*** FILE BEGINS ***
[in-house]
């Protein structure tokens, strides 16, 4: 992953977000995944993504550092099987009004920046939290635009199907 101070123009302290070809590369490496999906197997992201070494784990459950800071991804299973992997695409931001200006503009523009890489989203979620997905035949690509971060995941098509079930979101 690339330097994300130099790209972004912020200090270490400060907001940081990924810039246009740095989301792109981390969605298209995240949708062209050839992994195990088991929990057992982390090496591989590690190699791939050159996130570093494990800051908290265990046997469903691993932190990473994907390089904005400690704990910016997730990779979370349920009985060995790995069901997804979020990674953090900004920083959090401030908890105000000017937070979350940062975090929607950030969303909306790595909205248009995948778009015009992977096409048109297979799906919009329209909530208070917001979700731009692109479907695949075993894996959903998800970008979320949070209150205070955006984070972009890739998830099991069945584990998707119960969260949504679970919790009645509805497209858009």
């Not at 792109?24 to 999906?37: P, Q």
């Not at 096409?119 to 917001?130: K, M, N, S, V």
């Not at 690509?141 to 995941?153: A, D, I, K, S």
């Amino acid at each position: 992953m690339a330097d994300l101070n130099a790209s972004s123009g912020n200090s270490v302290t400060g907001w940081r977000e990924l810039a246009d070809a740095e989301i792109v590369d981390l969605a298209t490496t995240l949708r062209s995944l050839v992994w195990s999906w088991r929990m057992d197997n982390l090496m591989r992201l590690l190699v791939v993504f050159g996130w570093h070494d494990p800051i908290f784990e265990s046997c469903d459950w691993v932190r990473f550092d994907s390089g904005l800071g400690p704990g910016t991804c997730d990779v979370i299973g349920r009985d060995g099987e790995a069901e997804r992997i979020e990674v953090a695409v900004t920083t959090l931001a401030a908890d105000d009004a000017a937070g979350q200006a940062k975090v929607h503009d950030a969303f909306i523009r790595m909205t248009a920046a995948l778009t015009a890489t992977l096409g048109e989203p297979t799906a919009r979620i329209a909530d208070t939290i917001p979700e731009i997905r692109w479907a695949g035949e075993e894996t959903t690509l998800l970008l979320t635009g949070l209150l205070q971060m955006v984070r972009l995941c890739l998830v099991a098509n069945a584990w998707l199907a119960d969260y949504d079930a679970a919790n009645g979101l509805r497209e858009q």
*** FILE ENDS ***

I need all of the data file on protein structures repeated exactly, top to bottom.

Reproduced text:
[in-house]
């Protein structure tokens, strides 16, 4: 992953977000995944993504550092099987009004920046939290635009199907 101070123009302290070809590369490496999906197997992201070494784990459950800071991804299973992997695409931001200006503009523009890489989203979620997905035949690509971060995941098509079930979101 690339330097994300130099790209972004912020200090270490400060907001940081990924810039246009740095989301792109981390969605298209995240949708062209050839992994195990088991929990057992982390090496591989590690190699791939050159996130570093494990800051908290265990046997469903691993932190990473994907390089904005400690704990910016997730990779979370349920009985060995790995069901997804979020990674953090900004920083959090401030908890105000000017937070979350940062975090929607950030969303909306790595909205248009995948778009015009992977096409048109297979799906919009329209909530208070917001979700731009692109479907695949075993894996959903998800970008979320949070209150205070955006984070972009890739998830099991069945584990998707119960969260949504679970919790009645509805497209858009």
């Not at 792109?24 to 999906?37: P, Q």
């Not at 096409?119 to 917001?130: K, M, N, S, V």
């Not at 690509?141 to 995941?153: A, D, I, K, S």
């Amino acid at each position: 992953m690339a330097d994300l101070n130099a790209s972004s123009g912020n200090s270490v302290t400060g907001w940081r977000e990924l810039a246009d070809a740095e989301i792109v590369d981390l969605a298209t490496t995240l949708r062209s995944l050839v992994w195990s999906w088991r929990m057992d197997n982390l090496m591989r992201l590690l190699v791939v993504f050159g996130w570093h070494d494990p800051i908290f784990e265990s046997c469903d459950w691993v932190r990473f550092d994907s390089g904005l800071g400690p704990g910016t991804c997730d990779v979370i299973g349920r009985d060995g099987e790995a069901e997804r992997i979020e990674v953090a695409v900004t920083t959090l931001a401030a908890d105000d009004a000017a937070g979350q200006a940062k975090v929607h503009d950030a969303f909306i523009r790595m909205t248009a920046a995948l778009t015009a890489t992977l096409g048109e989203p297979t799906a919009r979620i329209a909530d208070t939290i917001p979700e731009i997905r692109w479907a695949g035949e075993e894996t959903t690509l998800l970008l979320t635009g949070l209150l205070q971060m955006v984070r972009l995941c890739l998830v099991a098509n069945a584990w998707l199907a119960d969260y949504d079930a679970a919790n009645g979101l509805r497209e858009q």